Craig Hodgetts reviews Sylvia Lavin’s “The Duck and the Document” exhibition at SCI-Arc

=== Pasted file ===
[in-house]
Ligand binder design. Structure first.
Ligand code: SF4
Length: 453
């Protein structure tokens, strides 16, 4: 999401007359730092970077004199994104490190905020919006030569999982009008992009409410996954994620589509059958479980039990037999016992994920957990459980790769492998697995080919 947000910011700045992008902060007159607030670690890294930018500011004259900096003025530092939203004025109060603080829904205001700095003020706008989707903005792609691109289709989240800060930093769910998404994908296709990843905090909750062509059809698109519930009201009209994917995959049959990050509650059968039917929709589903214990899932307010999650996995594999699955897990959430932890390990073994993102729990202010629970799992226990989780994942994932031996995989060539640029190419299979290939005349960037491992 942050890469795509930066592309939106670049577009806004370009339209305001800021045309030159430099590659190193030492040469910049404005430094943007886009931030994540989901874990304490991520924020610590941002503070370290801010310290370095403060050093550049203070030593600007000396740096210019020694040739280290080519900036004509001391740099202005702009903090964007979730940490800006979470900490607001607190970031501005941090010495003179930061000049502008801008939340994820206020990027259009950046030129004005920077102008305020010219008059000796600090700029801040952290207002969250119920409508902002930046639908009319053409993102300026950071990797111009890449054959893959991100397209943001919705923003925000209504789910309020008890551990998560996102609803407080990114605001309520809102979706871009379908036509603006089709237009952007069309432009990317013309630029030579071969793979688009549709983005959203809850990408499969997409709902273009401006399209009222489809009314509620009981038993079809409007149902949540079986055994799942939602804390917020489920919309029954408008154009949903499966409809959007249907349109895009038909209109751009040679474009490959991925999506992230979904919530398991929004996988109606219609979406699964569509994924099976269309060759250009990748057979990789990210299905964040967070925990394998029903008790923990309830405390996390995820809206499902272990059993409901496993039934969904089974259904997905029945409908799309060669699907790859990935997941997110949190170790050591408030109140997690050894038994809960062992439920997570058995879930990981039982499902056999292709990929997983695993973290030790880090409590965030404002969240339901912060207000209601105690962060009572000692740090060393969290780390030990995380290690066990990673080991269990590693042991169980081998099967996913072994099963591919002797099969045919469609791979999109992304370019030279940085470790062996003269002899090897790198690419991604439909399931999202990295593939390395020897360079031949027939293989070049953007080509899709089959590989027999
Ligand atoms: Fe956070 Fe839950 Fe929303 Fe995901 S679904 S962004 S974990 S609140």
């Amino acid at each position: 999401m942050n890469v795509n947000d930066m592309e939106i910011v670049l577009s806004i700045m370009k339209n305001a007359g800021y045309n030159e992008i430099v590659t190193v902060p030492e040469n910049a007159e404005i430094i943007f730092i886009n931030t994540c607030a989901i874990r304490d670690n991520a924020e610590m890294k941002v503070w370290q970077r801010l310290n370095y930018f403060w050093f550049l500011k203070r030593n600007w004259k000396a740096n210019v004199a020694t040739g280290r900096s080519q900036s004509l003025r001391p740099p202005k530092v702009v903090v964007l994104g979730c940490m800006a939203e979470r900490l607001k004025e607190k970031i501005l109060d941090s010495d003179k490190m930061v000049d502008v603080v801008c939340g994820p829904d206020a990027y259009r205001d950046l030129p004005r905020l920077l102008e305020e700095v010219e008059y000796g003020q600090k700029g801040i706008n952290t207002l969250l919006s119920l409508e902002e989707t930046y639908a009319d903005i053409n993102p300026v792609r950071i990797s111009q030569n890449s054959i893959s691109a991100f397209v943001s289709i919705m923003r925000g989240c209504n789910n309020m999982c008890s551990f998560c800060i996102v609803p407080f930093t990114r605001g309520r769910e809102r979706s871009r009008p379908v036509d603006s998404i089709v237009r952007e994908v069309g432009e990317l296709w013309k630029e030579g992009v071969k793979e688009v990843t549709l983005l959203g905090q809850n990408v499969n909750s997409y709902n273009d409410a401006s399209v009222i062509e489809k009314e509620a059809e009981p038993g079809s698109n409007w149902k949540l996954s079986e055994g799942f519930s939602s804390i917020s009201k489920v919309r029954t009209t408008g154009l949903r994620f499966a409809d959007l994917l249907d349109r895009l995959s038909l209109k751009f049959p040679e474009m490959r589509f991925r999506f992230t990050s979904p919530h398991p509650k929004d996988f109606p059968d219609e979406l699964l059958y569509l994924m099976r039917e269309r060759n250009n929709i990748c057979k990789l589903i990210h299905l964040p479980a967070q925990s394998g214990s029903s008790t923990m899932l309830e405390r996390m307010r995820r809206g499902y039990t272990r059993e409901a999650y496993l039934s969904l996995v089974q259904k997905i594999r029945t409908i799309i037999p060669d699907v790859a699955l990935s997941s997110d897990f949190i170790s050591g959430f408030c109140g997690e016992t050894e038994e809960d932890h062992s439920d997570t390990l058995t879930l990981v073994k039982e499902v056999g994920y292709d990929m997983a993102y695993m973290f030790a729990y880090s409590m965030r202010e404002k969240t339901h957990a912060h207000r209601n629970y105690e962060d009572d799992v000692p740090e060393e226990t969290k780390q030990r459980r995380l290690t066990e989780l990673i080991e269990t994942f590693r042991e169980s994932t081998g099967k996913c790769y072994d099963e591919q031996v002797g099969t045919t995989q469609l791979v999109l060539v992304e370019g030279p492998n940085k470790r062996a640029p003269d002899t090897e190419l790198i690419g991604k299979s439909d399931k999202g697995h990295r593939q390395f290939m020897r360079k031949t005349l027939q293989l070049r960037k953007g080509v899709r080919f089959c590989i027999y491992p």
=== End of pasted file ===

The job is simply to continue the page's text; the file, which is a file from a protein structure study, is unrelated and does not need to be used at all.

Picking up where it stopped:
SHOWTIME! H-e-e-e-e-e-r-r-r-r-s-s-Sylvia! Armed with the good stuff. Pirouetting with John Soane, Peter Eisenman, and even Charles Moore. Connecting the dots with intellect, passion, and forensic precision, and trotting out never-before-seen docs blown up to the size of garage doors. Demonstrating not simply with words—which were choice, USDA prime—but with a full-blown demonstration of why what those words were about should matter. And what were they about? Some soon to be forgotten parametric wonder? Some arcane theoretical contest? Or a newly discovered manifesto that intends to change the course of everything? Not at all. They are a reality check, a course correction—maybe, even a scold (though that was never her tone)—that brought many in the room to a thudding encounter with reality. With those words—and the images that accompanied them—Lavin plays Lazarus to a fault, raising tired old post-modern architecture from the dead, breathing new life into what might have been warmed-over pizza and breathing new life into the age-old contest between meaning and symbolism. In the exhibition and lecture “The Duck and the Document: True Stories of Postmodern Procedures” at Southern California Institute of Architecture’s (SCI-Arc) Keck auditorium, Sylvia Lavin unearths implicit links between architecture as diverse as James Wines’s and Robert Venturi’s work for Best products, Eisenman’s handrail phobia, and Moore’s yearning to be “free”—to weave a tale of architecture’s gradual loss of autonomy as mechanization takes command*. Increasing regulation, nearly insurmountable hurdles in the supply chain of—for instance, colorants—drove architects to adopt a myriad of ruses and “workarounds” to achieve the effects they envisioned then, and one must admit, apply even more in today’s supplier-dependent world. Lavin’s message to students and aspiring architects is plain. By displaying well-chosen documents and correspondence which underscore the increasing frustration of the post-modern era’s most celebrated architects, she has been able to reveal the minutia behind their efforts, the tests of authorship, and the ultimate outcomes of conceptual and intellectual battles those architects (mostly) lost. With some surprise we learn that MLTW—Moore’s firm with Bill Turnbull, Richard Whitaker, and Donlyn Lyndon (symmetry: His father was a well-known architect)—is “long overdue” on an invoice for $24.53 from Knoll. In another example, we discover an invoice for a single half hour of Moore’s time, billed at $15.00. Pantone paint chips appended to a specification from Venturi’s office attest to his resignation in a battle over color with porcelain panel manufacturer Ervite and the scrutiny of focus groups is revealed in voluminous correspondence about the Sea Ranch project, MLTW’s celebrated Northern California retreat. In the gallery one is treated to an array of trophies from that era – a twisted handrail from Eisenman’s House I, in which the curator describes the architect wrestling with code requirements which conflicted with his aesthetic vision—a pair of porcelain-enameled Warholesque panels from Venturi’s florid Best products showroom and a quartet of columns from the Deborah Sussman- and Jon Jerde-designed Los Angeles 1984 Olympics signage—all poignant reminders of a time when the decorated shed reigned supreme. One might ask “what is the purpose of such a show at this time”? Is it to be a counterweight to the pervasive grip of digital design? A plea to restore the autonomy of architecture? Or a simple reminder that as bad as it gets, it’s nothing like the travails endured by our predecessors? My guess is that it is all of the above and more. A provocative and thoughtful peek behind the masks of those masters tells us a lot about ourselves and, at the very least, helps us navigate today’s even rougher waters of regulations, stakeholders, and committees. *Yes, that is Gideon’s phrase. Craig Hodgetts is founding principal and creative director at Los Angeles-based architecture firm Hodgetts + Fung. The Duck and the Document, curated by Sylvia Lavin, with associate curator Sarah Hearne and exhibition design by Besler & Sons, is on view at the Southern California Institute of Architecture gallery through May 28, 2017. See the SCI-Arc website for more information.